Iran Drumbeat Watch: Rand Weighs In

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[Please see update below.] After a 5 am airport checkin, my thoughts naturally turn to: Armageddon, despair, the bleak inevitabilities of life. Though on the brighter side, the TSA operation at San Diego turns out to have an metal-detector-only line, which for once I managed to sidle towards and make my way through without being intercepted for "random" extra screening.*

Back to the dark side: the Spring 2012 issue of Rand Review, from the Rand corporation, has published an article on the threats posed by Iran and the ways to deal with them. Please read the whole thing, which elaborates on this opening premise:

An Israeli or American attack on Iranian nuclear facilities would make it more, not less, likely that the Iranian regime would decide to produce and deploy nuclear weapons. Such an attack would also make it more, not less, difficult to contain Iranian influence.

As a reminder of the main point: a nuclear-armed Iran would be a very bad thing. A military strike on Iran in the name of averting that possibility would similarly be a very bad thing in itself, and in all likelihood would make the original problem even harder to solve. The reason the Iran situation is genuinely so difficult is that both these unpleasant realities apply. Serious proposals for dealing with Iran's ambitions, as opposed to the threats and bluster we have heard from many Israeli and American politicians (and very few military officials in either country), proceed from awareness of both truths.

Update Thomas P.M. Barnett has a recent item on the relative effectiveness of "hard-kill" and "soft-kill" approaches toward Iran:

While I have written that I think Israel will be hard-pressed not to attack in the end, I still maintain - as I have since 2005 - that the soft-kill on Iran will work.  To me, the soft-kill is the detente here, just like it was with the Sovs.  Open up ties, admit the regime is valid, blow off the nuke pursuit (which grants Iran nothing in terms of leverage with anybody - including already nuked-up Israel), and let the connectivity that results do the rest in terms of regime delegitimizing from within leading to eventual democratization.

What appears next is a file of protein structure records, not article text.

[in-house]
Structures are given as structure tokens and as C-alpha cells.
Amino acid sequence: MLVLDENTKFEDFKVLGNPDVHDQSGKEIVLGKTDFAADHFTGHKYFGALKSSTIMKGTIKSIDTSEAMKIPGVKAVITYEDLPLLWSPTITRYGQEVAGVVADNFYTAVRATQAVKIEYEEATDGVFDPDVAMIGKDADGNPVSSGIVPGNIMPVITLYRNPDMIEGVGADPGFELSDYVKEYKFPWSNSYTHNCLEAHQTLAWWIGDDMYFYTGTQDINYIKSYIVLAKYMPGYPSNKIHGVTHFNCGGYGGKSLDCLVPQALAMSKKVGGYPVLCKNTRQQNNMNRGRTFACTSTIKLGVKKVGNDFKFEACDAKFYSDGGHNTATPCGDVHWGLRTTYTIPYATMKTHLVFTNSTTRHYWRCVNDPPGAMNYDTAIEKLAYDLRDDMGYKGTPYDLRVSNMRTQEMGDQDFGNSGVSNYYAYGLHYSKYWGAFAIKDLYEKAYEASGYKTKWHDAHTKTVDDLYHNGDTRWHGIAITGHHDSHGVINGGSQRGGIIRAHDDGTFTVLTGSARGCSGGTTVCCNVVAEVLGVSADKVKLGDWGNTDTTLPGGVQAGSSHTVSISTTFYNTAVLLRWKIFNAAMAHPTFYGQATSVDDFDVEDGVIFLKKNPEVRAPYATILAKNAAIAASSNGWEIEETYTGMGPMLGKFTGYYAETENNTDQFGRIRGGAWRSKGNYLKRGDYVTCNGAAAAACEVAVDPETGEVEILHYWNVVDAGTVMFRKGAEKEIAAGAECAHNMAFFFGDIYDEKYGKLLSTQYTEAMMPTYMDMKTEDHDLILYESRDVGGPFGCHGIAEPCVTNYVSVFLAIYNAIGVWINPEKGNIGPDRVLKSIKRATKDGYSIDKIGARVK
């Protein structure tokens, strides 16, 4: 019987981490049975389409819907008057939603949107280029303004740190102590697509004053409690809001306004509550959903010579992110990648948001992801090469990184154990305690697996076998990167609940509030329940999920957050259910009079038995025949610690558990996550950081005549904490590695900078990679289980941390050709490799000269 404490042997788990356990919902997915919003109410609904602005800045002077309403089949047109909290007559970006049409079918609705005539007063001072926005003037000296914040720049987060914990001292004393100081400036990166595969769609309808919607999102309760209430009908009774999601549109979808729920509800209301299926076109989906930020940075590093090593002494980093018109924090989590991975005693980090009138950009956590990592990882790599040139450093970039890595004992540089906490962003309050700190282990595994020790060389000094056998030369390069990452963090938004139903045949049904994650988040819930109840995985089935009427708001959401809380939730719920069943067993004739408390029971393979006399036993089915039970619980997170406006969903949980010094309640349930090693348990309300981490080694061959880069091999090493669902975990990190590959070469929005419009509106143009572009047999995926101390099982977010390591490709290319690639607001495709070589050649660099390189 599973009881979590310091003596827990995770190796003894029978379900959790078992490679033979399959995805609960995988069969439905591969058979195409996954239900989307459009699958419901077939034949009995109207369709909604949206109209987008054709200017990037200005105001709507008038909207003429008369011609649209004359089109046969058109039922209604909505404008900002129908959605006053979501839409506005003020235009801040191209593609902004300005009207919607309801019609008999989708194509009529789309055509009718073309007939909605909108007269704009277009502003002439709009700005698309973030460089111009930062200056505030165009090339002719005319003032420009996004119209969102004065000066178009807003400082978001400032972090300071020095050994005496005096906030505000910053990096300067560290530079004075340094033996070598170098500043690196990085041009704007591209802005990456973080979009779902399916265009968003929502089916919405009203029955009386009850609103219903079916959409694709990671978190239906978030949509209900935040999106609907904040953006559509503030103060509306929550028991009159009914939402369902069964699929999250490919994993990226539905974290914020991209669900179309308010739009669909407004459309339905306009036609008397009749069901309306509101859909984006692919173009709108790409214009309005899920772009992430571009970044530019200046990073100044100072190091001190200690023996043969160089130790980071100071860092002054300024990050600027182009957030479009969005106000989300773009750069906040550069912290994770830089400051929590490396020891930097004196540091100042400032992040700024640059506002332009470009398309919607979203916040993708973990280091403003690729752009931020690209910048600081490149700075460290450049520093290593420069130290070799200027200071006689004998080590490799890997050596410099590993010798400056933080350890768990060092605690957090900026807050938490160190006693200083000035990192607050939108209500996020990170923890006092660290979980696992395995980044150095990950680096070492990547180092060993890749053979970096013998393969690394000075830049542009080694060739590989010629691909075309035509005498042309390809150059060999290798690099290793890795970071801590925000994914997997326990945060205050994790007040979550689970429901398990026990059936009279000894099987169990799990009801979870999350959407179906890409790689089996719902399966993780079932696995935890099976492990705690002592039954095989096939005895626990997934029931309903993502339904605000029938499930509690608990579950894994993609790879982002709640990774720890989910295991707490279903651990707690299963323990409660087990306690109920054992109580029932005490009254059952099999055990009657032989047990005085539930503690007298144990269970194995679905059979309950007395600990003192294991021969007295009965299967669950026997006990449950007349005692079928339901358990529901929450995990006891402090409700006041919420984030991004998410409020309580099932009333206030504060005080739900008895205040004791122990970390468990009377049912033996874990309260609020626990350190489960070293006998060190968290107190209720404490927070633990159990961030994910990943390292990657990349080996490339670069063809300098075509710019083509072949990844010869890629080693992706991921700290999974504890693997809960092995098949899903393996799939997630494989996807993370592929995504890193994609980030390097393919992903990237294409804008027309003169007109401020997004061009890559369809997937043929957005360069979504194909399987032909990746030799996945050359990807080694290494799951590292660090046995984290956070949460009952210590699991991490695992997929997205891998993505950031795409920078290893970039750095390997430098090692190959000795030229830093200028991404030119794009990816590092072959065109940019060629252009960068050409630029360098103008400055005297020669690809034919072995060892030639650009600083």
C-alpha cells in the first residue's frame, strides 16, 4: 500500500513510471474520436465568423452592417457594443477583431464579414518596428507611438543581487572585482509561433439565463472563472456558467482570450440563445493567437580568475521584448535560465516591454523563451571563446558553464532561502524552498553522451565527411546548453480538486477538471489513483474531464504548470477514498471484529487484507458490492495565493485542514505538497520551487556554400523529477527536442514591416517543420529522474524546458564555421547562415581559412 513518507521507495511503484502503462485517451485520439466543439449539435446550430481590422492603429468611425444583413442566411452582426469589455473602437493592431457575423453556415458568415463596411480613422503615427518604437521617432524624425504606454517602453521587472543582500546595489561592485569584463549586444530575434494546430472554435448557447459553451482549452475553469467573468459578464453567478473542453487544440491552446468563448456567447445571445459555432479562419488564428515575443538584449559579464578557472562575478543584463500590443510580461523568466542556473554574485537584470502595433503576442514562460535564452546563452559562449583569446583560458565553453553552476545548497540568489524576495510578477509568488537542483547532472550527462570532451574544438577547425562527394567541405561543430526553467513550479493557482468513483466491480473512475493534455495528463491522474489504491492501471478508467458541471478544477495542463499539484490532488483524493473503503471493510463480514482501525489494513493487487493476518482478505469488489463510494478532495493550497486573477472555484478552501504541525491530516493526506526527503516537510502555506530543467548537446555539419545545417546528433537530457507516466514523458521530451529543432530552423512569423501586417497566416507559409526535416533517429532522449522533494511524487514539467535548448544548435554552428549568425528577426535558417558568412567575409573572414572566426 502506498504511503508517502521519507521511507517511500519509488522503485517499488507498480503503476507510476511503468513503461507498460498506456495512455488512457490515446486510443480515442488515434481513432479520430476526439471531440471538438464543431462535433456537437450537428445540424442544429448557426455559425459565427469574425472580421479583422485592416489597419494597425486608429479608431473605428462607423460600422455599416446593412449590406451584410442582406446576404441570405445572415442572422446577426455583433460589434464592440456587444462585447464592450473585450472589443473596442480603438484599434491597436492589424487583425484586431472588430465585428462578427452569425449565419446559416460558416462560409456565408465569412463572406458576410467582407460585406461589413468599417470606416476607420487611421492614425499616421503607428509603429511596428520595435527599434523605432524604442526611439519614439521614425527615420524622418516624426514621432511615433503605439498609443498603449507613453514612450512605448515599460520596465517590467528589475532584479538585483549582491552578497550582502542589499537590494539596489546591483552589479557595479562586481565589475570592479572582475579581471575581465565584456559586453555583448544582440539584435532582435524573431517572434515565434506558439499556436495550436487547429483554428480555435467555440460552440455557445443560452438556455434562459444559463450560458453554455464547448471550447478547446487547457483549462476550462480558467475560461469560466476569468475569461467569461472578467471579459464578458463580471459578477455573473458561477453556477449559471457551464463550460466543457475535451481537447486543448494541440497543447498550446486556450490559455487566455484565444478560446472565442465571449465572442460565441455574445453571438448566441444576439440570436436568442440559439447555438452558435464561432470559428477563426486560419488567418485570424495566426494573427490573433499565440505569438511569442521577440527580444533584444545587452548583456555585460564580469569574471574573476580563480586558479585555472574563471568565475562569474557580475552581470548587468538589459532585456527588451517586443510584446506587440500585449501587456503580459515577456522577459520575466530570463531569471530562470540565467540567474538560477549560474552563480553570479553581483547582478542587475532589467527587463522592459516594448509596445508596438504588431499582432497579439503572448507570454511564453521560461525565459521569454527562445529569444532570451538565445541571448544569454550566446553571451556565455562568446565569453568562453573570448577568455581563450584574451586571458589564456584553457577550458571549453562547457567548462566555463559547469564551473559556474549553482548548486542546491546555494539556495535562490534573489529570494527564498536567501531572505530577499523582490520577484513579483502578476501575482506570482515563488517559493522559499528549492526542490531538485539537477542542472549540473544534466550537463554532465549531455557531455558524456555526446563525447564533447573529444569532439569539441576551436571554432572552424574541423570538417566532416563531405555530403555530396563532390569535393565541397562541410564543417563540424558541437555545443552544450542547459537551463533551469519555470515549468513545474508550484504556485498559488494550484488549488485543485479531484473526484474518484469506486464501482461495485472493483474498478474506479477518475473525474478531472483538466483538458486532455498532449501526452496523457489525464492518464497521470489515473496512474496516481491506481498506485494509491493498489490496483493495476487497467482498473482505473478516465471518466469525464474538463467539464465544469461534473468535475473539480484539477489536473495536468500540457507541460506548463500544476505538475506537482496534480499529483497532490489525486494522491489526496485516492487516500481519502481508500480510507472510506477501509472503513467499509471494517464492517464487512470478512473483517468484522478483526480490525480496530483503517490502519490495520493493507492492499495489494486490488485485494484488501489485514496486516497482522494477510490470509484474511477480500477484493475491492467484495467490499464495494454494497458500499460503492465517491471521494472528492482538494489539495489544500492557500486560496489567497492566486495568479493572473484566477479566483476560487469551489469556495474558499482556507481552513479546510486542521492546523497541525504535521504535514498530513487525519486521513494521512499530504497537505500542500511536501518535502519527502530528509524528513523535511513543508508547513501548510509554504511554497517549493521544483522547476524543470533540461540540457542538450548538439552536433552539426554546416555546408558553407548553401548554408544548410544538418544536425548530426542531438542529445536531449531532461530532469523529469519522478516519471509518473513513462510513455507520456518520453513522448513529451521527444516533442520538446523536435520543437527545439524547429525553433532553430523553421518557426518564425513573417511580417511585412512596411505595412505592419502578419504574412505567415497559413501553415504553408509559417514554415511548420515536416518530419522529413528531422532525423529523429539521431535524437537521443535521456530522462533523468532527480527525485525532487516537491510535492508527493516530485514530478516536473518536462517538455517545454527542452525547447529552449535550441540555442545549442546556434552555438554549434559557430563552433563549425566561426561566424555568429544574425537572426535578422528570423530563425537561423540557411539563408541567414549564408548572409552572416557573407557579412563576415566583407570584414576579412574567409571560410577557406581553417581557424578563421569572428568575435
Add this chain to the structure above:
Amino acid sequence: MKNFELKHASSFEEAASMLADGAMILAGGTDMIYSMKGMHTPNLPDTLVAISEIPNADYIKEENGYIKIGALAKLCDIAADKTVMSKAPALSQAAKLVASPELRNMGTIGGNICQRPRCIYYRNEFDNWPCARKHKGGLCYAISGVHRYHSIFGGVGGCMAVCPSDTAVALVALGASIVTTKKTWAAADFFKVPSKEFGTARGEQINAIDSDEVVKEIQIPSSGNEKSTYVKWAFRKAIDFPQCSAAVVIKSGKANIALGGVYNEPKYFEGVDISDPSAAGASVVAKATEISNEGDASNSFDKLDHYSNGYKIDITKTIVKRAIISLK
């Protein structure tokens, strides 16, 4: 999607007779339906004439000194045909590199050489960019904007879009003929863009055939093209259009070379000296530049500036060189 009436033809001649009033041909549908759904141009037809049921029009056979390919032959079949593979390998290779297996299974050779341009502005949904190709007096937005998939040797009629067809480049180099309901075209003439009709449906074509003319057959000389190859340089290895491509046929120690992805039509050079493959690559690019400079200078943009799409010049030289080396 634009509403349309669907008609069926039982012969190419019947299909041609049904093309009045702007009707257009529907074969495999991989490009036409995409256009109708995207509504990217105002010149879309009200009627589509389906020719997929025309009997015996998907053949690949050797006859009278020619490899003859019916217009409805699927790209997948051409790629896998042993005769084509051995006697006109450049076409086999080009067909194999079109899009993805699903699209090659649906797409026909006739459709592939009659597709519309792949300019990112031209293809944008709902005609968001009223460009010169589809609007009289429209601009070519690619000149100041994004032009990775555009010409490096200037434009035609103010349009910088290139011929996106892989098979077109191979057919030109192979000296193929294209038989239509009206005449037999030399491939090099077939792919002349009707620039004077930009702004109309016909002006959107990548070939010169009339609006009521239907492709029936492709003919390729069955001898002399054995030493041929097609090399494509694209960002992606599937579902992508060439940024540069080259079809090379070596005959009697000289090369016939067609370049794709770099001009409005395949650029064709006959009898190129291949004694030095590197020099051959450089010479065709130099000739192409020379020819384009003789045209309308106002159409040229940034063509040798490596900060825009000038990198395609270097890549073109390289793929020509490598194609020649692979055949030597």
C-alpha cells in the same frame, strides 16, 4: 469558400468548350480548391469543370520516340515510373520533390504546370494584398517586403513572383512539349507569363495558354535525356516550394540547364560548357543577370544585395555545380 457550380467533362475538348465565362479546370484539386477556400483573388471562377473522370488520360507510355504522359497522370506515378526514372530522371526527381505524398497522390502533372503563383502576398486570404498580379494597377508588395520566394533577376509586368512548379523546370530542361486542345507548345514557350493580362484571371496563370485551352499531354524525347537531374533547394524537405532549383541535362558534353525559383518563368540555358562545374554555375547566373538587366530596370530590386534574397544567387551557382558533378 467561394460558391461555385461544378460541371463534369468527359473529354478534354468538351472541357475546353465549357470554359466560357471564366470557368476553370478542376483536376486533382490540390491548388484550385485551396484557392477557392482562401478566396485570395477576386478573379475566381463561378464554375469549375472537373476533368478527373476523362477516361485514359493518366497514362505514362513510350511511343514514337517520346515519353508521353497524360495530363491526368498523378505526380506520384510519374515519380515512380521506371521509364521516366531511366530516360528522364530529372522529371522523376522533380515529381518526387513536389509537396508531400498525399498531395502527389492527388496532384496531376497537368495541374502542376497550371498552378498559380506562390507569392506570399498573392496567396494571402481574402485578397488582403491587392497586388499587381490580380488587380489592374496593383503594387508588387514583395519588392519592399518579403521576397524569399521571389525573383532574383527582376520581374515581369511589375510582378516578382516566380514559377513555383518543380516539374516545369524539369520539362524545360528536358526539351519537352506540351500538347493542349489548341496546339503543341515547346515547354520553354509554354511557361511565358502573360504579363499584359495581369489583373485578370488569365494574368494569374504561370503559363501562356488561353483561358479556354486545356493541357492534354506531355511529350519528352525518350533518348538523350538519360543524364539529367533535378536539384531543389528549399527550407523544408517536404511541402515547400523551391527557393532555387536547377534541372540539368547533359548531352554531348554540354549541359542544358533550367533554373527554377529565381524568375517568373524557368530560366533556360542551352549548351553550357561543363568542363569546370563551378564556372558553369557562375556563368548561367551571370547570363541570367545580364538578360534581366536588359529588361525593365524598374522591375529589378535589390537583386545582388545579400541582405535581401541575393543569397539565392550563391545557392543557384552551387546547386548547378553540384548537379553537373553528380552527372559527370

Ultimately, this strategy - and not Star Wars - brought down the Sovs, and it can do the same on Iran - in far faster order.

___
*Yes, I know it is actually random -- even though, for whatever reason, in the past 18 months it has never not happened to me at Dulles. More on screening status of different airports here.

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James Fallows is a national correspondent for The Atlantic and has written for the magazine since the late 1970s. He has reported extensively from outside the United States and once worked as President Carter's chief speechwriter. His latest book is China Airborne. More

James Fallows is based in Washington as a national correspondent for The Atlantic. He has worked for the magazine for nearly 30 years and in that time has also lived in Seattle, Berkeley, Austin, Tokyo, Kuala Lumpur, Shanghai, and Beijing. He was raised in Redlands, California, received his undergraduate degree in American history and literature from Harvard, and received a graduate degree in economics from Oxford as a Rhodes scholar. In addition to working for The Atlantic, he has spent two years as chief White House speechwriter for Jimmy Carter, two years as the editor of US News & World Report, and six months as a program designer at Microsoft. He is an instrument-rated private pilot. He is also now the chair in U.S. media at the U.S. Studies Centre at the University of Sydney, in Australia.

Fallows has been a finalist for the National Magazine Award five times and has won once; he has also won the American Book Award for nonfiction and a N.Y. Emmy award for the documentary series Doing Business in China. He was the founding chairman of the New America Foundation. His recent books Blind Into Baghdad (2006) and Postcards From Tomorrow Square (2009) are based on his writings for The Atlantic. His latest book is China Airborne. He is married to Deborah Fallows, author of the recent book Dreaming in Chinese. They have two married sons.

Fallows welcomes and frequently quotes from reader mail sent via the "Email" button below. Unless you specify otherwise, we consider any incoming mail available for possible quotation -- but not with the sender's real name unless you explicitly state that it may be used. If you are wondering why Fallows does not use a "Comments" field below his posts, please see previous explanations here and here.
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